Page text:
The Beijing municipal government gave the green light on Wednesday to foreign companies wishing to open employment agencies in the Chinese capital.
The Beijing Personnel Bureau said that foreign human-resources companies could do business in conjunction with local certified human-resources companies.
The foreign companies should also have the appropriate certificates and experience in the industry, the bureau said.
Solely foreign-funded human-resources companies are still not permitted because "the market condition in the job-hunting industry is far from mature," added the bureau.
Xin Tieliang, director of the Beijing Personnel Bureau, said the measure is in tune with Beijing's progress in opening up.
"This will help Beijing create a better environment for fostering professionals and other badly needed specialists," Xin said.
As China's capital, Beijing has attracted many international companies to invest in various industries in recent years, especially since China joined the World Trade Organization last November. But Beijing's human-resources industry lags far behind what the market demands.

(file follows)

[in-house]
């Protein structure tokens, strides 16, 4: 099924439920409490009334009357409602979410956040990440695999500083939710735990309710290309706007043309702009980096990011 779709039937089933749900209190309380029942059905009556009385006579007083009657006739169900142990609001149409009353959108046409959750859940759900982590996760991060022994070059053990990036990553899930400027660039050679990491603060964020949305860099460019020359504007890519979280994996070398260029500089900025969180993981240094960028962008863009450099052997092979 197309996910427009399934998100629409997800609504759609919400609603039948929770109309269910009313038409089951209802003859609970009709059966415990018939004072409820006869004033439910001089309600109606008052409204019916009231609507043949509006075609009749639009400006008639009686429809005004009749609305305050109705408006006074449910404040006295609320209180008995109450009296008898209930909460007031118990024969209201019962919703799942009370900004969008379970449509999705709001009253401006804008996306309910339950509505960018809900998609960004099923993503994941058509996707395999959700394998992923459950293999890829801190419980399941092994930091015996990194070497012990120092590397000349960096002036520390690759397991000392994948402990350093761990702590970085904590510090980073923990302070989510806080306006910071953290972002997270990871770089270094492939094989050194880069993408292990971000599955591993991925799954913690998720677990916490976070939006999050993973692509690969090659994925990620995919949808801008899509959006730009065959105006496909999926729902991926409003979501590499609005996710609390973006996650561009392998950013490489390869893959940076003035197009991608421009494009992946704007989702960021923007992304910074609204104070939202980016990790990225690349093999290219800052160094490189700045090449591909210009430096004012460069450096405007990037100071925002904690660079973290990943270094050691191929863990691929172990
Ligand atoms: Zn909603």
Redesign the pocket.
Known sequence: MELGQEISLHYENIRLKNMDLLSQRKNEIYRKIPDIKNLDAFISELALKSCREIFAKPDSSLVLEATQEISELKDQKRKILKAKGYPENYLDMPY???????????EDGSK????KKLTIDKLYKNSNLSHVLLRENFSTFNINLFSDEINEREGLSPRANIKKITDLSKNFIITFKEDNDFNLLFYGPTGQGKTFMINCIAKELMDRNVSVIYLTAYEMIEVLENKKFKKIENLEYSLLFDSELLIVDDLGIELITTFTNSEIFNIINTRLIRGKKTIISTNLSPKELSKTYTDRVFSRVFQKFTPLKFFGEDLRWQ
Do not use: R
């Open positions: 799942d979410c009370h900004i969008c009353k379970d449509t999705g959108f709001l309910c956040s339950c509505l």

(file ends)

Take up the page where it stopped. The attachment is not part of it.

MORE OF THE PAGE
Beijing now has 177 certified human-resources companies. But Xin admitted that most of those companies lack experience when it comes to professionals with advanced expertise.
"So we hope the entry of foreign human-resources companies can bring advanced experience in the introduction and training of professional personnel," Xin said.
China's human-resources market has long been under the pressure of international headhunting companies, which have huge investment and worldwide information networks.
Even Minister of Personnel Zhang Xuezhong has admitted: "The issue of hunting more well-trained professionals will become a significant factor determining a country's comprehensive competitive capacity and its future prosperity."
Faced with such a situation, China has started to seek a new mechanism to select, introduce and use talented people while ensuring that a steady supply of such people is maintained.
Despite the imminent change in regulations, some large foreign headhunting companies have already worked in China in some way for several years.
They have offered a range of recruitment and headhunting services under the guise of "human-resources consultancy."
(China Daily June 21, 2002)